Look what a search of old boxes at The History Factory turned up: Founder and CEO Bruce Weindruch at a meeting in the 1980s.

Look what a search of old boxes at The History Factory turned up: Founder and CEO Bruce Weindruch at a meeting in the 1980s.

Now that you’ve started gathering old photographs, taking new ones and saving them all in one place, how should you go about using them?

Documentary filmmaker Ken Burns once said, “I treat the photograph as a work of great complexity in which you can find drama.” That is exactly how you want to think of the photographs in your collection. Where can they add drama to your story?

Images give life and bring a sense of authenticity to an organization’s history. Whether you’re looking at seemingly boring shots of people at work or a striking image of big-deal moment such as an IPO, photographs will grab your attention. As a viewer, you start to imagine what it was like to work in vast sea of identical desks in the 1950s or attend the company picnic in 1918. You see hope and excitement in the eyes of the founders at a grand opening in 1980. You begin to match personalities with faces and bios of innovators long gone.

Once you have put together a group of images for a project or topic, start to narrow down your image choices. Which photographs catch your eye? Is there just one picture that “says it all”? Sometimes, a cluster of images works great to illustrate various aspects of an event. Other times, more is distracting. If you can use just one or two images that encompass the heart of an event, go for it. Less really can be more.

There may not be a perfect photo to show the people, place and feel of an event. That’s OK; contextual images can give off a similar vibe. Does the story mention a specific office? Or perhaps reference a person? These types of images can also work well to spark imaginations, even if they aren’t perfectly suited to the overall theme. Don’t press the issue, though. If nothing works, let the words illustrate themselves. White space (the space around words and images) can be a welcome relief in a long-form publication or exhibit.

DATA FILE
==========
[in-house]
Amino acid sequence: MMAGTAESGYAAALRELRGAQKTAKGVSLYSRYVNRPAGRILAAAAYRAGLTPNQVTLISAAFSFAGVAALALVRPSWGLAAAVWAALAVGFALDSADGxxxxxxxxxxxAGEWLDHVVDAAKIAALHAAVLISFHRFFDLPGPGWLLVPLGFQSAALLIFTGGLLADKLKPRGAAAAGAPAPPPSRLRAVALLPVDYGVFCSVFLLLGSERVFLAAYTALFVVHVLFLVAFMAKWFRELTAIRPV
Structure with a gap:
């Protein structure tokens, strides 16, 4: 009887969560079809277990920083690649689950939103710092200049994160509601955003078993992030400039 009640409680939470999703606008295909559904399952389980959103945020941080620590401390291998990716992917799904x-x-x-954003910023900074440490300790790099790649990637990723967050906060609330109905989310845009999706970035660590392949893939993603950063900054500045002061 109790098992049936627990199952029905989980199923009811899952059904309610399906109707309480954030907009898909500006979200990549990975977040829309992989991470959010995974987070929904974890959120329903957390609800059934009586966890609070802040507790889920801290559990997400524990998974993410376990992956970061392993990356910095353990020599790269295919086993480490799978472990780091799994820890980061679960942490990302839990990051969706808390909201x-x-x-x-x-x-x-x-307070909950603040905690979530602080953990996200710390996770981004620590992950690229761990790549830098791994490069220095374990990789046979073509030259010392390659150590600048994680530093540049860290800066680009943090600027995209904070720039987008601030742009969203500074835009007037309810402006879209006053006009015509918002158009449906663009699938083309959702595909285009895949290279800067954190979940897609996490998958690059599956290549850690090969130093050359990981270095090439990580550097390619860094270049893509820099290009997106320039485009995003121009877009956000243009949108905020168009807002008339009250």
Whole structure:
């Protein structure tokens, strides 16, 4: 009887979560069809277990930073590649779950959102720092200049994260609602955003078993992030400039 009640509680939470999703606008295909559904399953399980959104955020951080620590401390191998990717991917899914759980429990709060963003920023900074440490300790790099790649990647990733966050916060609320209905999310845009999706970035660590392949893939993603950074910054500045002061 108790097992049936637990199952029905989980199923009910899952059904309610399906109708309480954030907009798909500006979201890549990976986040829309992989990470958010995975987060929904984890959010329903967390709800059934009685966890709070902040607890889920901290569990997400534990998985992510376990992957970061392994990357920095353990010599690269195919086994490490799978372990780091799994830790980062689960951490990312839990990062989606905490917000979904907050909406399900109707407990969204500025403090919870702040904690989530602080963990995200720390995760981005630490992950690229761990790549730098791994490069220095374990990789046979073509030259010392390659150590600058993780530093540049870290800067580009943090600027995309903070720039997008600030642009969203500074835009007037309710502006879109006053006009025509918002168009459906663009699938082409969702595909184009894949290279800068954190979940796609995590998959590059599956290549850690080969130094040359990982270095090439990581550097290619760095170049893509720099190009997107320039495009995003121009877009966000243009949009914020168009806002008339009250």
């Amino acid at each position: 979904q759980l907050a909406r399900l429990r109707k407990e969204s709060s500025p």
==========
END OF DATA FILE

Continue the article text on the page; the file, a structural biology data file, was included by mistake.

What do you do if that great photograph has a few issues of its own? It could be fuzzy or have an ugly tow truck taking up one side of the shot, or there may be damage to an aging physical photograph. Photo processing programs can work wonders. Check with a designer to see what can be done to clean up the image.

“But what about keeping something authentic?” you might wonder. The History Factory believes that the content of photos should never be changed. If something wasn’t there in the first place, we don’t manipulate an image to try to make it seem like it was. However, we do believe that you can clean up an image or crop out parts that do not apply in order to better illustrate a point. Zoom in on the storefront and crop out the tow truck. Take out the dust marks and scratches on that old photo. The images remain true to life, but the viewer can focus on what’s most important about them.

Imagery can help grab a viewer’s attention, illustrate concepts and connect people to another time and place. Where could your communications use some excitement?